“Thousands of tired, nerve-shaken, over-civilized people are beginning to find out that going to the mountain is going home; that wildness is necessity; that mountain parks and reservations are useful not only as fountains of timber and irrigating rivers, but as fountains of life.”

John Muir

Sunday, November 28, 2010

Bob Laymon - Niangua River Darter Waltz

Niangua River Darter Status: Threatened

Habitat: This fish prefers clear, shallow pools in medium-sized streams. The Niangua darter prefers streams with gravel or rocky bottoms and cannot live in silty water.

Behavior: With its slender snout, the darter probes crevices for aquatic insect larvae, crustaceans and snails. To reproduce, males follow females into shallow riffles and may engage in threat displays with other males before spawning. Males change color during spawning; their bellies become orange-red and their sides develop iridescent blue-green bars.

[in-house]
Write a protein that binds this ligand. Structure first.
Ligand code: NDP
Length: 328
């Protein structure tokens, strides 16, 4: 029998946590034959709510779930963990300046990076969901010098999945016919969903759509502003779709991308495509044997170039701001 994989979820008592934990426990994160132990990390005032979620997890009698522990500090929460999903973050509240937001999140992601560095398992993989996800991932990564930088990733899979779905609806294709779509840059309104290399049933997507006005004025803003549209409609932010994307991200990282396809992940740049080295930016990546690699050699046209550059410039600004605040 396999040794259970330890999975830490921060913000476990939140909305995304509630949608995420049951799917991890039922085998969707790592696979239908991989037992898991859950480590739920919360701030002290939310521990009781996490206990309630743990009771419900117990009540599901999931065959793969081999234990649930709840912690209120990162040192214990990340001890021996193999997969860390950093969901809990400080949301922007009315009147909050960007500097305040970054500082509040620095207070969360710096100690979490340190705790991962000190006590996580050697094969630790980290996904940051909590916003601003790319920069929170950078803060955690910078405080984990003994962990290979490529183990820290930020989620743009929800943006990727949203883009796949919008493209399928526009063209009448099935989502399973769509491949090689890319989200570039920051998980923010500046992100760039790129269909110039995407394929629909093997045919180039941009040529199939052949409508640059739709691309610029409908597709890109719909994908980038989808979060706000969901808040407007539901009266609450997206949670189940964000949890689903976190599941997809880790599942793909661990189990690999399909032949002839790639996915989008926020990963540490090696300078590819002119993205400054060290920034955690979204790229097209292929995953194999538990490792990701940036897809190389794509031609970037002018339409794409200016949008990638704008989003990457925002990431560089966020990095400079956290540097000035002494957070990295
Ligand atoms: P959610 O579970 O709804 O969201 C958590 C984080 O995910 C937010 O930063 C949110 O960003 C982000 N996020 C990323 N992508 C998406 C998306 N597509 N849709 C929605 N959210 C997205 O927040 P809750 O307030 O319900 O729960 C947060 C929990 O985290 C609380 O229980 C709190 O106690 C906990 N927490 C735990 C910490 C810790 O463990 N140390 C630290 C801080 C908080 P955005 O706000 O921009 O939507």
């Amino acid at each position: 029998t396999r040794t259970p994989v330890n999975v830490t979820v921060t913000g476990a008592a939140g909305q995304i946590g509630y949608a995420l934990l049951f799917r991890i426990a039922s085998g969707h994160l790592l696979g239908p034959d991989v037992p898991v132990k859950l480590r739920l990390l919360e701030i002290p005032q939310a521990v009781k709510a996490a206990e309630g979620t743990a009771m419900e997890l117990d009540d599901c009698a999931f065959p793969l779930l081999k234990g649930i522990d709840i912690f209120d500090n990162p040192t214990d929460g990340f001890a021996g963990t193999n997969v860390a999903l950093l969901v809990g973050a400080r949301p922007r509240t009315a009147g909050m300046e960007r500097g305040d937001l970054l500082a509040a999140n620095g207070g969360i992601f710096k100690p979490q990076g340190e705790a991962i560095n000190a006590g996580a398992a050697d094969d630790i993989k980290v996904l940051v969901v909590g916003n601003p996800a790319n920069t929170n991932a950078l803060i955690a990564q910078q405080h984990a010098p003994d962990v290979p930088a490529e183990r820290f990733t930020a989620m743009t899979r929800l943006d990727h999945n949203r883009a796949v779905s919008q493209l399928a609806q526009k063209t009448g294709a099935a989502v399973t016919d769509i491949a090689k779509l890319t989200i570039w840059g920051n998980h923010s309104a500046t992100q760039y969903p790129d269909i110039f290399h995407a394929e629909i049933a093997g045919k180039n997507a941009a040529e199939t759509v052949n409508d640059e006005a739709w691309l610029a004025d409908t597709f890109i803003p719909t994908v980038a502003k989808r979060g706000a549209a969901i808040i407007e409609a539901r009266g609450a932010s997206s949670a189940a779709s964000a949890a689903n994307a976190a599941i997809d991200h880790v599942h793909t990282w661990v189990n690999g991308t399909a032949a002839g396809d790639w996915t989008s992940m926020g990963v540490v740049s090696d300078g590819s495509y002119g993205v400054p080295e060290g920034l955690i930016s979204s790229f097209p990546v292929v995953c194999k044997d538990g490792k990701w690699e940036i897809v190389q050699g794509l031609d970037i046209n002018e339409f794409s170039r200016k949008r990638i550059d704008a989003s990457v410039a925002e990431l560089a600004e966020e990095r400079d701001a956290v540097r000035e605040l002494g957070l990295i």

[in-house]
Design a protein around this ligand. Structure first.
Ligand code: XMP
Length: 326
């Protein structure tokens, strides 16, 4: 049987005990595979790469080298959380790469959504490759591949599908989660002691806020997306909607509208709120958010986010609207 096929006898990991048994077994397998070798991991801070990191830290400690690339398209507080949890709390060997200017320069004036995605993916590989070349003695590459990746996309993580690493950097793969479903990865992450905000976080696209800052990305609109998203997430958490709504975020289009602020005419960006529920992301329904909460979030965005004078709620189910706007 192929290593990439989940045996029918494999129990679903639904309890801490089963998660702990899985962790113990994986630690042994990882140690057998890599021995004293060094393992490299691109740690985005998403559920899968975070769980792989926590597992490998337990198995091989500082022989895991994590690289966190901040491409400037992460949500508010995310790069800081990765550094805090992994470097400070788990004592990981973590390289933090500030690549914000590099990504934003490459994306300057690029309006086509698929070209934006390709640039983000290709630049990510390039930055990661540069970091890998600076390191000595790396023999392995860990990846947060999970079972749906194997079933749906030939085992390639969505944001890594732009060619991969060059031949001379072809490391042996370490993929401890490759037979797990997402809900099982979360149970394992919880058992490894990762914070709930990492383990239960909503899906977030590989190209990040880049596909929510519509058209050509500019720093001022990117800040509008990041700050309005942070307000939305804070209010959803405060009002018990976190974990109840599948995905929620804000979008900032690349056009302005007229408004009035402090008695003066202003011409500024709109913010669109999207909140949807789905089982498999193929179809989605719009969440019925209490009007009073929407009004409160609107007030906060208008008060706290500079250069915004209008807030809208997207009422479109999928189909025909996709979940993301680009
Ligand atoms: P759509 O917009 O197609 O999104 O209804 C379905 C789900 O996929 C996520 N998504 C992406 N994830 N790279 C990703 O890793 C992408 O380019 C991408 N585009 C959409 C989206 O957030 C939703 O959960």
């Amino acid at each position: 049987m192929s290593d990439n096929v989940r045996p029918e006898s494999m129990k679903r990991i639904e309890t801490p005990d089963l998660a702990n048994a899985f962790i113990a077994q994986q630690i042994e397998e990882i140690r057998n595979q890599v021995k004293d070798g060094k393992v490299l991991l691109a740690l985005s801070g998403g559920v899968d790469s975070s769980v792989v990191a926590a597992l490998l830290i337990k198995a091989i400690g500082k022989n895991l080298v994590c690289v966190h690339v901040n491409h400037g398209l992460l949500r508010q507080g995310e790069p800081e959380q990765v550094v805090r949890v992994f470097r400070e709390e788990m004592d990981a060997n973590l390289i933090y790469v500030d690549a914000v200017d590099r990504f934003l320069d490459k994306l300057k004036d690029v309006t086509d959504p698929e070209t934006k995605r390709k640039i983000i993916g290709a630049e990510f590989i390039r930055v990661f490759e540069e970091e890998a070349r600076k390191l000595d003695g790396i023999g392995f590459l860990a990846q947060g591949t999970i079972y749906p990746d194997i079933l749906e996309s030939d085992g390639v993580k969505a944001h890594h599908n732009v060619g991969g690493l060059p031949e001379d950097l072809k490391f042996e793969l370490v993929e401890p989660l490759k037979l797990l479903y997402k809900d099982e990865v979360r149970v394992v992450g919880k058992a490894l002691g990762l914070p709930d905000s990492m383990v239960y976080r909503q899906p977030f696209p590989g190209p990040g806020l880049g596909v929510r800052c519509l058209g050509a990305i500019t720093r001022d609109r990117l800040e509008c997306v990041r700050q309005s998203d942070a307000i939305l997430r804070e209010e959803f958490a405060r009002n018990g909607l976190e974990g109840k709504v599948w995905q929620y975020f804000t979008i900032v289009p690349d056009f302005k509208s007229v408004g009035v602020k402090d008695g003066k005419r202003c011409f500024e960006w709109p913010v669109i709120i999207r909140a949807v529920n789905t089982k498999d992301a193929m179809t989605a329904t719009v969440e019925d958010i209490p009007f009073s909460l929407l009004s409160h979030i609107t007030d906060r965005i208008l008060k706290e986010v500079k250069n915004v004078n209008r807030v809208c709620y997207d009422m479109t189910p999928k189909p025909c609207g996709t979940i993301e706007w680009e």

Why It's Endangered: Dam construction has created barriers in the darter's habitat, fragmenting its range and blocking escape from streams that become polluted or altered. Highway and bridge construction straighten and widen streams, eliminating the small pools in which darters live. Construction and other streamside activities such as clearing brush and gravel dredging has also increased erosion and added silt to the streams, disrupting the fish's habitat.

Other threats include exotic predatory fish such as spotted bass and rock bass, which were introduced before 1940 and have spread throughout the darter's range.

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